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The effect of decaffeination of coffee on gastro-oesophageal reflux in patients with reflux disease.
Aliment Pharmacol Ther 1997; 11(3):483-6AP

Abstract

BACKGROUND

Patients with reflux disease often complain of heartburn after ingestion of coffee. Induction of gastro-oesophageal reflux has been demonstrated by pH-metry following the intake of coffee in healthy volunteers. The reflux was reduced when the coffee had undergone a decaffeination process. The aim of this study was to investigate the effect of decaffeination of coffee on reflux in patients with reflux disease.

METHODS

Seventeen reflux patients underwent two osesophageal 3-h pH measurements. The patients received, in a double-blind study design in a randomized order, 300 mL of either regular or decaffeinated coffee together with a standardized breakfast. The fraction time oesophageal pH < 4 was calculated during the three postprandial hours.

RESULTS

For regular coffee the fraction time was calculated to a median of 17.9% with a range of 0.7-56.6%. The fraction time was significantly reduced to 3.1% (0-49.9%) after ingestion of decaffeinated coffee.

CONCLUSION

The amount of gastro-oesophageal reflux induced by the intake of regular coffee in patients with reflux disease can be reduce by the decaffeination of coffee.

Authors+Show Affiliations

Department of Gastroenterology, Hospital Bogenhausen, Munich, Germany.No affiliation info availableNo affiliation info availableNo affiliation info available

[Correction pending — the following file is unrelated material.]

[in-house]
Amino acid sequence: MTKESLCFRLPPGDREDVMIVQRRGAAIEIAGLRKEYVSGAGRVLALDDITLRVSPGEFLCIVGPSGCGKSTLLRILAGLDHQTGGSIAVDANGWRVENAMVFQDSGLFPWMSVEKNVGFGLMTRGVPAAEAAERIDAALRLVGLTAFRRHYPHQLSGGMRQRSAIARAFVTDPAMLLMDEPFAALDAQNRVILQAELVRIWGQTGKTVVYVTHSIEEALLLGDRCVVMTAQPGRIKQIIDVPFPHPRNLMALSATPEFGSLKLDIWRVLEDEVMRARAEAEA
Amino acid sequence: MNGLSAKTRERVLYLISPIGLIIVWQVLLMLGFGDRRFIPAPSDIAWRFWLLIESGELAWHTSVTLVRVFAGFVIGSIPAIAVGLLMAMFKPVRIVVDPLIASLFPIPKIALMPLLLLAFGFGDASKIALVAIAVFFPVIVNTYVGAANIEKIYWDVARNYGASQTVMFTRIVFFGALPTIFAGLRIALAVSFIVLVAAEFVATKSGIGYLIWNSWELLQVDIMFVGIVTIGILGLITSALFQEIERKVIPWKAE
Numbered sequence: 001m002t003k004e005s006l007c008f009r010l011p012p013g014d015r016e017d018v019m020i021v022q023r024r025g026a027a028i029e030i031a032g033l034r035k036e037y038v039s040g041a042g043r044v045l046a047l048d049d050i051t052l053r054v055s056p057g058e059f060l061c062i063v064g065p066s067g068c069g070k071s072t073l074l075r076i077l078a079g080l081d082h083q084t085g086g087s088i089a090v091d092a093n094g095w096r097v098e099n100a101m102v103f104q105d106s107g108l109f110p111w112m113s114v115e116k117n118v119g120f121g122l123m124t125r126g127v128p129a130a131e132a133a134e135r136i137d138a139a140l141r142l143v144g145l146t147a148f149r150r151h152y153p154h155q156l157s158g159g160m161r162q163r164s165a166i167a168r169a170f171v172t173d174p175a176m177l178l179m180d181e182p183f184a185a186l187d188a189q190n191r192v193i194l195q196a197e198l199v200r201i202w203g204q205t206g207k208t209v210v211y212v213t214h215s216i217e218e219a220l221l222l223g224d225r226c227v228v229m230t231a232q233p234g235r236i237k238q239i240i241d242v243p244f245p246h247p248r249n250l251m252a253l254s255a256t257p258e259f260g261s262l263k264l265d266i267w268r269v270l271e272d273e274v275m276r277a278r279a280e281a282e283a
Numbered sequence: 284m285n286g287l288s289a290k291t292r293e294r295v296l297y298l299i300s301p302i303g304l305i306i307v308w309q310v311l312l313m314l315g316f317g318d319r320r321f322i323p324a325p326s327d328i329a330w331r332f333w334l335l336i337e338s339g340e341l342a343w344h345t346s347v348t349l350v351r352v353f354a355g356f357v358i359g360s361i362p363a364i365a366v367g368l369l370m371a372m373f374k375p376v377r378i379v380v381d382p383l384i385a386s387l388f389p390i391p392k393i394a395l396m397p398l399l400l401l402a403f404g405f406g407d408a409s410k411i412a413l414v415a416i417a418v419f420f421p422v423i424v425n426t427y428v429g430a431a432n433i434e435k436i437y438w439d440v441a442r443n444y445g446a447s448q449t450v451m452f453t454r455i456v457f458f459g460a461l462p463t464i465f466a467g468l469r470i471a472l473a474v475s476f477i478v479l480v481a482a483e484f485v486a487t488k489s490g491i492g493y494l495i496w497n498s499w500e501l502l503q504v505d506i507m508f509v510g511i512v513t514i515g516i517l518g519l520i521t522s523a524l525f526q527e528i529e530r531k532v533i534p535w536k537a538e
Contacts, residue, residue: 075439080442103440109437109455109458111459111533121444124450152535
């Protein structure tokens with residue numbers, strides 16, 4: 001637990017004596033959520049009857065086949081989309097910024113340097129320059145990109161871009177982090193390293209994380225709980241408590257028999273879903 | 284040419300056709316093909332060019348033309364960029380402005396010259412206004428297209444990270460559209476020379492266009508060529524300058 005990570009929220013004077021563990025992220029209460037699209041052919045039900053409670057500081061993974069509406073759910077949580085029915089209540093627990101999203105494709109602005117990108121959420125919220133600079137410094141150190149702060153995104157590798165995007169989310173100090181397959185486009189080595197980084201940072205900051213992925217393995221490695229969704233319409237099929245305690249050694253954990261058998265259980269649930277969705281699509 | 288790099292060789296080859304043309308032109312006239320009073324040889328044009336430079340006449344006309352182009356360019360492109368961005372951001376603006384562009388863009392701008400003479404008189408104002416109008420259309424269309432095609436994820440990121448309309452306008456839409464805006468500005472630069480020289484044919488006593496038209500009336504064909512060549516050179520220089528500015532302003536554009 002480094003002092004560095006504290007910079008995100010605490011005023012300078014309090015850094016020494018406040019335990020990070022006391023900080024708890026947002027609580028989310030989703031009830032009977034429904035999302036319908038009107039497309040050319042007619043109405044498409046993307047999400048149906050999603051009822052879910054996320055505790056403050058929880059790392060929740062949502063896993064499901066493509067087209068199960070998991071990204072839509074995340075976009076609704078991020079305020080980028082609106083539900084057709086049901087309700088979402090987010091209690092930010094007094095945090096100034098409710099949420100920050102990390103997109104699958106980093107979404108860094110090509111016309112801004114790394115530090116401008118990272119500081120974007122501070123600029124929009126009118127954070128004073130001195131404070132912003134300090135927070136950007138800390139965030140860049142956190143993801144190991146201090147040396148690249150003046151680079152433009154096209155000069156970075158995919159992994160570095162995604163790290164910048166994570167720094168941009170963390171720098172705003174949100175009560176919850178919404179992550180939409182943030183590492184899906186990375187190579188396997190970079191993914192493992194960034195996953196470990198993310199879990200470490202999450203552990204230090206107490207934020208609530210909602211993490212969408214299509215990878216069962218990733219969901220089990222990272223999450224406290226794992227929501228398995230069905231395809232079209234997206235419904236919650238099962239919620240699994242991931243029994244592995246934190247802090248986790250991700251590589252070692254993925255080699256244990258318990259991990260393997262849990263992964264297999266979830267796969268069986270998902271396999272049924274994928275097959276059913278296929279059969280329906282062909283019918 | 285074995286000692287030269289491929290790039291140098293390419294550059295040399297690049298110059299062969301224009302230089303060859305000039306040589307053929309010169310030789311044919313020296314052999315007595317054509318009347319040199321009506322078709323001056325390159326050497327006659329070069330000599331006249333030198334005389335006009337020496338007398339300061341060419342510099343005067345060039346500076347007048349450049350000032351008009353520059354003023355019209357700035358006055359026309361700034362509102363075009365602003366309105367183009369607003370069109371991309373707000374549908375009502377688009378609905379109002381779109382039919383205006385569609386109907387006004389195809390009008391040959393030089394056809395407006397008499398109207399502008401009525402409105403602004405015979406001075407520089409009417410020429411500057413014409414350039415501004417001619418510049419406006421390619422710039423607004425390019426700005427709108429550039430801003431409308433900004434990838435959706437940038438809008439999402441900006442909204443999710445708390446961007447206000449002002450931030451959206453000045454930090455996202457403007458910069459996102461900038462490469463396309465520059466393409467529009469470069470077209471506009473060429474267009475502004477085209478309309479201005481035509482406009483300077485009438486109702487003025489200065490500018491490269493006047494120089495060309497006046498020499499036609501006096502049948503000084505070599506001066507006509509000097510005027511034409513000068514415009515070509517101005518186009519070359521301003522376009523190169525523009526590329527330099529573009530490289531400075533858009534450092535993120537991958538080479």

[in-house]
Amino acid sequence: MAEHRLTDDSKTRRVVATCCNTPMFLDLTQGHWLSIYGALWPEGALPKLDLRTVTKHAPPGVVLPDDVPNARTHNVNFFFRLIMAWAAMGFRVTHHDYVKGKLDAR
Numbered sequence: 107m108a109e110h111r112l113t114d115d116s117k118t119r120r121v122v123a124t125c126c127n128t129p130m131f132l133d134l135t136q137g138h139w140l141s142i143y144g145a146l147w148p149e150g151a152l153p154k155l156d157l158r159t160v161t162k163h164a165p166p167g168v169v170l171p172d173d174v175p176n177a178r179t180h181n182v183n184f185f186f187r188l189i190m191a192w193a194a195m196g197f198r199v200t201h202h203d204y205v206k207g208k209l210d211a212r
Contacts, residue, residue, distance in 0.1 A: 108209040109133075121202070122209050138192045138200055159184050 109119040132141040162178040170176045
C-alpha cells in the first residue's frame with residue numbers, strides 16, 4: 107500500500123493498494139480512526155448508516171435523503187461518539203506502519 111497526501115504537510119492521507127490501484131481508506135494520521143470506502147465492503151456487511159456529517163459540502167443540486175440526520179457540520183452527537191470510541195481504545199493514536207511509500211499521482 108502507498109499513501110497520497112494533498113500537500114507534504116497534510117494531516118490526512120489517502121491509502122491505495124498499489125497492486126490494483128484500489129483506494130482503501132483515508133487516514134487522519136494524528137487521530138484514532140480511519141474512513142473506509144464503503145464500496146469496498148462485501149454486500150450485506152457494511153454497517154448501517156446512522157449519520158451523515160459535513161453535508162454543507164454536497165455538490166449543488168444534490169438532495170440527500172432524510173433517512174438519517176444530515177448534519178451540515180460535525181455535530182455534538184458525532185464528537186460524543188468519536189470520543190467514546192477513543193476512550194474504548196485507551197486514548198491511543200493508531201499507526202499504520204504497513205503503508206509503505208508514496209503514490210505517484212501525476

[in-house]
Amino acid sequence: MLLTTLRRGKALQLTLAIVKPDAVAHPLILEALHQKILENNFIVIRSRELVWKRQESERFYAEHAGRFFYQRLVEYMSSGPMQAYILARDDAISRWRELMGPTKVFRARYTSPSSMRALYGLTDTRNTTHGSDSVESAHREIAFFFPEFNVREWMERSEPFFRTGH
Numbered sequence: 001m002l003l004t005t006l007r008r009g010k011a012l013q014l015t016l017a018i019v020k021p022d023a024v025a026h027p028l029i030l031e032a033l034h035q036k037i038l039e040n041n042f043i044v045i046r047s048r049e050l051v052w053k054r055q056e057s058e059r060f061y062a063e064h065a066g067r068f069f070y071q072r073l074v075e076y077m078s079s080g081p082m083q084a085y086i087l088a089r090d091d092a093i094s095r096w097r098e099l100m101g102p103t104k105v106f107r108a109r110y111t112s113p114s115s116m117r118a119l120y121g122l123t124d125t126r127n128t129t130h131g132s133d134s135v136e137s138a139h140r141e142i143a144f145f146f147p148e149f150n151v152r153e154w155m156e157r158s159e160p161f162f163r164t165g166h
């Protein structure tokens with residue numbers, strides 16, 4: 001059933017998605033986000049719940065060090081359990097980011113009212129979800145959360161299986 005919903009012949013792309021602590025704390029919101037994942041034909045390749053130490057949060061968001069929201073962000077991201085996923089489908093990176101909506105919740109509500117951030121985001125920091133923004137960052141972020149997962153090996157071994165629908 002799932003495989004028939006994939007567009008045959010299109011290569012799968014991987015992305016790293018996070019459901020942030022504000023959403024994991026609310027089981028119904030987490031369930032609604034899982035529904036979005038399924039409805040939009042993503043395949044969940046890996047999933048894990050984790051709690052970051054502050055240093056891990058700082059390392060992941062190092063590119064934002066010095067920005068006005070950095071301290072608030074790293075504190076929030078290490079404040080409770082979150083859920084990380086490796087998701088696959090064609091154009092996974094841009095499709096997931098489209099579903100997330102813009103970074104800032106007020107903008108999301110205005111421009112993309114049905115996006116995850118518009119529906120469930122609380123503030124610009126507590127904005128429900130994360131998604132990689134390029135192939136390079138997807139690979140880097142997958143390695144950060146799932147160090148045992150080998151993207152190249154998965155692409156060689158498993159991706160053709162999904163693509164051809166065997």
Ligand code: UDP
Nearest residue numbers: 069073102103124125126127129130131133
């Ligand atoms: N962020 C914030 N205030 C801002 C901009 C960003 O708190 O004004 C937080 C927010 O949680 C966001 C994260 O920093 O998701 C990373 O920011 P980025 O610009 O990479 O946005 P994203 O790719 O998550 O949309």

Pub Type(s)

Clinical Trial
Journal Article
Randomized Controlled Trial

Language

eng

PubMed ID

9218070

Citation

Pehl, C, et al. "The Effect of Decaffeination of Coffee On Gastro-oesophageal Reflux in Patients With Reflux Disease." Alimentary Pharmacology & Therapeutics, vol. 11, no. 3, 1997, pp. 483-6.
Pehl C, Pfeiffer A, Wendl B, et al. The effect of decaffeination of coffee on gastro-oesophageal reflux in patients with reflux disease. Aliment Pharmacol Ther. 1997;11(3):483-6.
Pehl, C., Pfeiffer, A., Wendl, B., & Kaess, H. (1997). The effect of decaffeination of coffee on gastro-oesophageal reflux in patients with reflux disease. Alimentary Pharmacology & Therapeutics, 11(3), pp. 483-6.
Pehl C, et al. The Effect of Decaffeination of Coffee On Gastro-oesophageal Reflux in Patients With Reflux Disease. Aliment Pharmacol Ther. 1997;11(3):483-6. PubMed PMID: 9218070.
* Article titles in AMA citation format should be in sentence-case
TY - JOUR T1 - The effect of decaffeination of coffee on gastro-oesophageal reflux in patients with reflux disease. AU - Pehl,C, AU - Pfeiffer,A, AU - Wendl,B, AU - Kaess,H, PY - 1997/6/1/pubmed PY - 1997/6/1/medline PY - 1997/6/1/entrez SP - 483 EP - 6 JF - Alimentary pharmacology & therapeutics JO - Aliment. Pharmacol. Ther. VL - 11 IS - 3 N2 - BACKGROUND: Patients with reflux disease often complain of heartburn after ingestion of coffee. Induction of gastro-oesophageal reflux has been demonstrated by pH-metry following the intake of coffee in healthy volunteers. The reflux was reduced when the coffee had undergone a decaffeination process. The aim of this study was to investigate the effect of decaffeination of coffee on reflux in patients with reflux disease. METHODS: Seventeen reflux patients underwent two osesophageal 3-h pH measurements. The patients received, in a double-blind study design in a randomized order, 300 mL of either regular or decaffeinated coffee together with a standardized breakfast. The fraction time oesophageal pH < 4 was calculated during the three postprandial hours. RESULTS: For regular coffee the fraction time was calculated to a median of 17.9% with a range of 0.7-56.6%. The fraction time was significantly reduced to 3.1% (0-49.9%) after ingestion of decaffeinated coffee. CONCLUSION: The amount of gastro-oesophageal reflux induced by the intake of regular coffee in patients with reflux disease can be reduce by the decaffeination of coffee. SN - 0269-2813 UR - https://www.unboundmedicine.com/medline/citation/9218070/full_citation L2 - https://onlinelibrary.wiley.com/resolve/openurl?genre=article&amp;sid=nlm:pubmed&amp;issn=0269-2813&amp;date=1997&amp;volume=11&amp;issue=3&amp;spage=483 DB - PRIME DP - Unbound Medicine ER -